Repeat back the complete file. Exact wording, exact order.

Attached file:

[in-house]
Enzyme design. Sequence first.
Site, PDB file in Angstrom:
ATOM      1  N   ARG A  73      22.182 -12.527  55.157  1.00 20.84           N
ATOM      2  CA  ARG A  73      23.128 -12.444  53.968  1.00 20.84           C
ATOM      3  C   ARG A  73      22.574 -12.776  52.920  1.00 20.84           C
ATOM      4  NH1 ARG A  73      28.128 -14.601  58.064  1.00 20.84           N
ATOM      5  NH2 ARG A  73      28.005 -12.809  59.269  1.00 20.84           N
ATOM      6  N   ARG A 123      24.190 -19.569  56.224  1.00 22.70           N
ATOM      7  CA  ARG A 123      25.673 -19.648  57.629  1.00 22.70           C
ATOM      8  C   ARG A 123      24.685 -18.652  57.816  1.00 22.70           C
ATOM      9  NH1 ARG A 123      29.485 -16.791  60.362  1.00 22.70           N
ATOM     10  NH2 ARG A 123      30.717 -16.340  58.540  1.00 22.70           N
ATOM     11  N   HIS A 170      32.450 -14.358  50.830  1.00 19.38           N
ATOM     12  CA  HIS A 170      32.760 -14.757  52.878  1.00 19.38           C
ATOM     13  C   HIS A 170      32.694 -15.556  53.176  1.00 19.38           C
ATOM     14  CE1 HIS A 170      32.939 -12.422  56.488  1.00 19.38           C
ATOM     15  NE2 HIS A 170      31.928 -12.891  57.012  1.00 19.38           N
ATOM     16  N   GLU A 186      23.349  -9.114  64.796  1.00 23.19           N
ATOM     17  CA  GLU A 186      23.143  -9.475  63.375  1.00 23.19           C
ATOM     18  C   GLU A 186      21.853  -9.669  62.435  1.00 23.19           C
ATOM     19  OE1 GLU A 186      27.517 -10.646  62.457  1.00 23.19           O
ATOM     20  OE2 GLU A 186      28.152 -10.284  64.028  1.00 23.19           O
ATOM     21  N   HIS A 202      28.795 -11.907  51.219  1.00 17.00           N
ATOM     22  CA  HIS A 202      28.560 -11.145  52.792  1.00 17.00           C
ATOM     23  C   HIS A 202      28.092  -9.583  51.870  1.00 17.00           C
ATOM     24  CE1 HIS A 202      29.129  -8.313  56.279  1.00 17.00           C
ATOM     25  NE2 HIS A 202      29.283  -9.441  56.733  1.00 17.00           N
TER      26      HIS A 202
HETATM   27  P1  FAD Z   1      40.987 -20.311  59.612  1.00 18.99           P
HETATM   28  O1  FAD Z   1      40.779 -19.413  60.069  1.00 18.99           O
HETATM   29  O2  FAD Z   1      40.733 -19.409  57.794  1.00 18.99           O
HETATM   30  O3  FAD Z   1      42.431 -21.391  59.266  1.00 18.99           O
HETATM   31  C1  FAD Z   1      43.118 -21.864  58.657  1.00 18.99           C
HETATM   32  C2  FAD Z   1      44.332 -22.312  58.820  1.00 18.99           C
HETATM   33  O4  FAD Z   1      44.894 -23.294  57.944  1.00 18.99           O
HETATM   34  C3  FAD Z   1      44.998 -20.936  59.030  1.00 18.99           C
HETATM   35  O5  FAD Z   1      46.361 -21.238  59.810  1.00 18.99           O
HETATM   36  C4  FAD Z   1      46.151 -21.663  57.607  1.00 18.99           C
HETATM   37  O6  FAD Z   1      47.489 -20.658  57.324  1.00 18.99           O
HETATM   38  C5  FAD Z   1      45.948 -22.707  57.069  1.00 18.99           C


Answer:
[in-house]
Enzyme design. Sequence first.
Site, PDB file in Angstrom:
ATOM      1  N   ARG A  73      22.182 -12.527  55.157  1.00 20.84           N
ATOM      2  CA  ARG A  73      23.128 -12.444  53.968  1.00 20.84           C
ATOM      3  C   ARG A  73      22.574 -12.776  52.920  1.00 20.84           C
ATOM      4  NH1 ARG A  73      28.128 -14.601  58.064  1.00 20.84           N
ATOM      5  NH2 ARG A  73      28.005 -12.809  59.269  1.00 20.84           N
ATOM      6  N   ARG A 123      24.190 -19.569  56.224  1.00 22.70           N
ATOM      7  CA  ARG A 123      25.673 -19.648  57.629  1.00 22.70           C
ATOM      8  C   ARG A 123      24.685 -18.652  57.816  1.00 22.70           C
ATOM      9  NH1 ARG A 123      29.485 -16.791  60.362  1.00 22.70           N
ATOM     10  NH2 ARG A 123      30.717 -16.340  58.540  1.00 22.70           N
ATOM     11  N   HIS A 170      32.450 -14.358  50.830  1.00 19.38           N
ATOM     12  CA  HIS A 170      32.760 -14.757  52.878  1.00 19.38           C
ATOM     13  C   HIS A 170      32.694 -15.556  53.176  1.00 19.38           C
ATOM     14  CE1 HIS A 170      32.939 -12.422  56.488  1.00 19.38           C
ATOM     15  NE2 HIS A 170      31.928 -12.891  57.012  1.00 19.38           N
ATOM     16  N   GLU A 186      23.349  -9.114  64.796  1.00 23.19           N
ATOM     17  CA  GLU A 186      23.143  -9.475  63.375  1.00 23.19           C
ATOM     18  C   GLU A 186      21.853  -9.669  62.435  1.00 23.19           C
ATOM     19  OE1 GLU A 186      27.517 -10.646  62.457  1.00 23.19           O
ATOM     20  OE2 GLU A 186      28.152 -10.284  64.028  1.00 23.19           O
ATOM     21  N   HIS A 202      28.795 -11.907  51.219  1.00 17.00           N
ATOM     22  CA  HIS A 202      28.560 -11.145  52.792  1.00 17.00           C
ATOM     23  C   HIS A 202      28.092  -9.583  51.870  1.00 17.00           C
ATOM     24  CE1 HIS A 202      29.129  -8.313  56.279  1.00 17.00           C
ATOM     25  NE2 HIS A 202      29.283  -9.441  56.733  1.00 17.00           N
TER      26      HIS A 202
HETATM   27  P1  FAD Z   1      40.987 -20.311  59.612  1.00 18.99           P
HETATM   28  O1  FAD Z   1      40.779 -19.413  60.069  1.00 18.99           O
HETATM   29  O2  FAD Z   1      40.733 -19.409  57.794  1.00 18.99           O
HETATM   30  O3  FAD Z   1      42.431 -21.391  59.266  1.00 18.99           O
HETATM   31  C1  FAD Z   1      43.118 -21.864  58.657  1.00 18.99           C
HETATM   32  C2  FAD Z   1      44.332 -22.312  58.820  1.00 18.99           C
HETATM   33  O4  FAD Z   1      44.894 -23.294  57.944  1.00 18.99           O
HETATM   34  C3  FAD Z   1      44.998 -20.936  59.030  1.00 18.99           C
HETATM   35  O5  FAD Z   1      46.361 -21.238  59.810  1.00 18.99           O
HETATM   36  C4  FAD Z   1      46.151 -21.663  57.607  1.00 18.99           C
HETATM   37  O6  FAD Z   1      47.489 -20.658  57.324  1.00 18.99           O
HETATM   38  C5  FAD Z   1      45.948 -22.707  57.069  1.00 18.99           C